By Robert Klein, Western Nebraska Crops Specialist Amit Jhala, Extension Weeds Specialist, University of Nebraska
There are a number of reasons why weed management may be a problem with the weather conditions we are experiencing this year. Many of these are discussed in the following article.
No. 7. User did not read the label. A herbicide label is a legal document. It is a violation of federal law to not follow the herbicide label’s direction. Reading the herbicide label is important for successful weed management and to protect you, your family, and the environment. The label contains legally binding information — approved by the Environmental Protection Agency (EPA) — on how much herbicide to use for optimal weed control, how to handle the product, and when, where and how it should be applied. The label also lists all the weeds controlled or suppressed by the herbicide product. Often growers may not carefully read the label and then apply a herbicide that isn’t labeled to control the predominant weed in the field. This is how weed management programs fail.
No. 6. The herbicide barrier was disrupted or moved. This can happen when crop residue containing the herbicide is moved, such as by trash whippers, row cleaners, fertilizer units, planters or the wind. Crop residue can reduce weed pressure. We have observed where the soil disruption of using a physical marker inadvertently planted weed seed; the only weeds in the field were where the marker ran.
No. 5. Incorporation was not timely. Timely herbicide application is critical for optimum weed control. Residual pre-emergence herbicides must be applied before crop and/or weed emergence. Additionally, moisture is needed to activate residual herbicides. Therefore, if irrigation or rain events do not occur within 10 days of residual herbicide application, a light tillage is necessary to incorporate the herbicide into the soil to activate it. If weeds have germinated and emerged before the herbicide incorporation and activation, your residual herbicide program will fail.
No. 4. Too much rainfall and/or irrigation. The variability of weather is a major cause of unreliable herbicide performance resulting in either inadequate control of weeds or crop damage. For example, excess rainfall after residual herbicide application increases the likelihood of herbicide leaching and off-target movement. Additionally, the increased microbial activity of moist soil degrades herbicides more rapidly compared to dry soil.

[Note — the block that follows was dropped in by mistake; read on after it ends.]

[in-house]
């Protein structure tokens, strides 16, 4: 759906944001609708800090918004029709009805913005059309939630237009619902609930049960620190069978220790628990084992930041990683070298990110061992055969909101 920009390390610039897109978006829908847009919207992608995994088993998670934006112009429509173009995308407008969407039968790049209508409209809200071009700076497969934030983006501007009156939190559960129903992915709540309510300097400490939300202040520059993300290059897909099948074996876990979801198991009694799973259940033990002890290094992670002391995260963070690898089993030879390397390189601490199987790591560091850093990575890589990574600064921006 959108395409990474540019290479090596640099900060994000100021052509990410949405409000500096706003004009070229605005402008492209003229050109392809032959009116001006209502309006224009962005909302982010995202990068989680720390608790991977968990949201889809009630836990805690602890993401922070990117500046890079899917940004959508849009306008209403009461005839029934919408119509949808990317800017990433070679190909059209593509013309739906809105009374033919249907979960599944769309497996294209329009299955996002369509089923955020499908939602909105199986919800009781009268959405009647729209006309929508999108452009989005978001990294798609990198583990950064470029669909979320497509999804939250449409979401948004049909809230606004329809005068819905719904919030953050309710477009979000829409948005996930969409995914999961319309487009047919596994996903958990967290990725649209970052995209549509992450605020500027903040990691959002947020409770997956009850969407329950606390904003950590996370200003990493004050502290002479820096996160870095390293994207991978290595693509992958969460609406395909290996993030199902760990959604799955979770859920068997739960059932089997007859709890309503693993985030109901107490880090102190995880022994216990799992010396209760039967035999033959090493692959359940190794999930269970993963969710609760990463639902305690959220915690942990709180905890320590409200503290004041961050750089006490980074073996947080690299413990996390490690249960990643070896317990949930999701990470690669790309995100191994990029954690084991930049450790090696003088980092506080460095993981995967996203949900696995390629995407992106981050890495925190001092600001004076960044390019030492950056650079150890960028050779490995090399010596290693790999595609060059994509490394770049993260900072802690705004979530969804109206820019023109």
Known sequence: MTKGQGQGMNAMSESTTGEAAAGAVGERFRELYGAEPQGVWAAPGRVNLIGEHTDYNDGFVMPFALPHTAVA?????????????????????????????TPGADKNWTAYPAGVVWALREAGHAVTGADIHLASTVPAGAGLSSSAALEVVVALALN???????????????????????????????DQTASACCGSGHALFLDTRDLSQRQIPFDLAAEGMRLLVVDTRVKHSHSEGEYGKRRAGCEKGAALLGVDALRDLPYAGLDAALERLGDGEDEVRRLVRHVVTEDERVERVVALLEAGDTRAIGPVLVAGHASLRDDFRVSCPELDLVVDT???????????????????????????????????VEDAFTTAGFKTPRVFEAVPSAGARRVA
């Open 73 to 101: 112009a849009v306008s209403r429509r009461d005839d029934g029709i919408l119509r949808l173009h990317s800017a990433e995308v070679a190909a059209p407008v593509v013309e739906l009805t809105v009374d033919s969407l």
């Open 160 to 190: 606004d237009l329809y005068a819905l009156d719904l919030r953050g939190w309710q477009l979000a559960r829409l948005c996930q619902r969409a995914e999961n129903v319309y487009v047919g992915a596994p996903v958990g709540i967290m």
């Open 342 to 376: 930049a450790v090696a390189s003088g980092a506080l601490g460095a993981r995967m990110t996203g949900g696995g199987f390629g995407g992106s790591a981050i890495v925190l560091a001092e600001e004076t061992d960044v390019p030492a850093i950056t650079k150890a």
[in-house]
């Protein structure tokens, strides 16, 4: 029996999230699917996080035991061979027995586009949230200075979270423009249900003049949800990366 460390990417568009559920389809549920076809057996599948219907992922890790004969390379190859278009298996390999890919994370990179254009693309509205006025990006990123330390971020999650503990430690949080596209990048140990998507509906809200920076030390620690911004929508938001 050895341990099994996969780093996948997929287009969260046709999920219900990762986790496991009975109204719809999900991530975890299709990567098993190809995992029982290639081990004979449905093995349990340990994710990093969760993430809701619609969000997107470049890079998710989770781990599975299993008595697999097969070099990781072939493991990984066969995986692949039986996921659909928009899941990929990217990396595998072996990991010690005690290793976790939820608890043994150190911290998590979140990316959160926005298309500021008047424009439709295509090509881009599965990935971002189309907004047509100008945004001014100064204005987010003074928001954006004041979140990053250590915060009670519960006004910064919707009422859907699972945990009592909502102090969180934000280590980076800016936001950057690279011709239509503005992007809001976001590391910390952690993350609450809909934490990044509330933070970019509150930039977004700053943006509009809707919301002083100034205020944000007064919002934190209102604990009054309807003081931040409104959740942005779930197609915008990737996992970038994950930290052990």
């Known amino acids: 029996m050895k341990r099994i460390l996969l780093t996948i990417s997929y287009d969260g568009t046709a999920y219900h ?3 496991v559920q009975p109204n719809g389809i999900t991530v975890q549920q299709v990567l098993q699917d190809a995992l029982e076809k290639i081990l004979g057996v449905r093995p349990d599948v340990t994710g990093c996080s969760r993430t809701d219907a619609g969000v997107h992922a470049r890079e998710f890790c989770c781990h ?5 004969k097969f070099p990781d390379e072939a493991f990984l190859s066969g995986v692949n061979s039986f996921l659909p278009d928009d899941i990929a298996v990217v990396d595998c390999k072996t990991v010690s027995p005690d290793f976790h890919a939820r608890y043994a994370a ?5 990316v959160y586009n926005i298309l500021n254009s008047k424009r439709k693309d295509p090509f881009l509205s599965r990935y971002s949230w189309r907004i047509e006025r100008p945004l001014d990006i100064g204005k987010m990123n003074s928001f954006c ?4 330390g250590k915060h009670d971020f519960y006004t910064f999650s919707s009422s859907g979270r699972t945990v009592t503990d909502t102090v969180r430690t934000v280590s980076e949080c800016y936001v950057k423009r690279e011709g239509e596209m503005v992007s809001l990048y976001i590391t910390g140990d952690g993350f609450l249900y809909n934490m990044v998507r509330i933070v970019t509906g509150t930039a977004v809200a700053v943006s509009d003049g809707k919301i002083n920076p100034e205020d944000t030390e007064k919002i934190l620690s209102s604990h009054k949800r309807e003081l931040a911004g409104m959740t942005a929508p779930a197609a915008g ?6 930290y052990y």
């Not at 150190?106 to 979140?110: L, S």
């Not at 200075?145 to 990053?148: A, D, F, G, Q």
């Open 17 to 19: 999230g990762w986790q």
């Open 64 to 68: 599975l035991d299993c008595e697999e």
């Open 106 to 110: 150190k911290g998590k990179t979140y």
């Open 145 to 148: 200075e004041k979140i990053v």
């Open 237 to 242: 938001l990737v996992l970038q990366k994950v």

No. 3. Application equipment did not do a uniform job. This can be due to inaccurate sprayer calibration, wind, sprayer speed, using the wrong nozzle type, inappropriate pressure for the nozzle used, or not enough overlap in the spray pattern. We recommend 100% overlap so the pattern from one nozzle ends under the next nozzle tip. Other causes include boom bounce and a boom that’s either too high or too low or uneven pressure along the spray boom. Nonuniformity can also be caused by using a spray volume (gallons per acre) that’s incorrect for the herbicide being applied.
No. 2. Herbicide rate did not match soil type, weed pressure and/or tillage practices. Soil type is an important consideration when selecting residual herbicide application rates. Most residual herbicide rates vary based on soil type and organic matter content. For example, if the soil is sandy loam with less than 1% organic matter content, a lower herbicide rate is required than if it were a silty-clay loam soil with more than 2% organic matter. For example, Zidua, a residual soybean herbicide, should be applied at 1.5 to 2.1 oz/acre if the soil is sandy loam (< 1% organic matter); if the soil is a silty clay loam (>2% organic matter), the rate can be increased to 2 to 3.5 oz/acre.
If weed pressure (density) is high, consider using a labeled herbicide application rate on the high end if soil type permits. It is also important to include more than 15 gallons per acre spray volume to improve coverage in dense weed areas. Under no-till production practices, weed control is primarily through herbicides. No-till growers should consider applying preplant burndown herbicides if a field has a history of early emerging weeds such as giant ragweed and kochia. A weed control program can fail if soil type, weed pressure, and tillage practices are not considered before planning.
No. 1. Weeds are present or about ready to emerge before the herbicide is applied and activated. Soil residual herbicides must be applied before the crop and weeds emerge. If they are applied after weeds emerge, your herbicide program will fail. Timing of herbicide application is critical with respect to weed emergence. If wet weather or a busy schedule do not permit application of residual pre-emergence herbicides before crop emergence, there are several residual herbicides registered in corn and soybean that be applied after crop emergence. (See these CropWatch articles for Corn and Soybeanherbicide options.) They should be tank-mixed with foliar active, post-emergence herbicides to control existing weeds.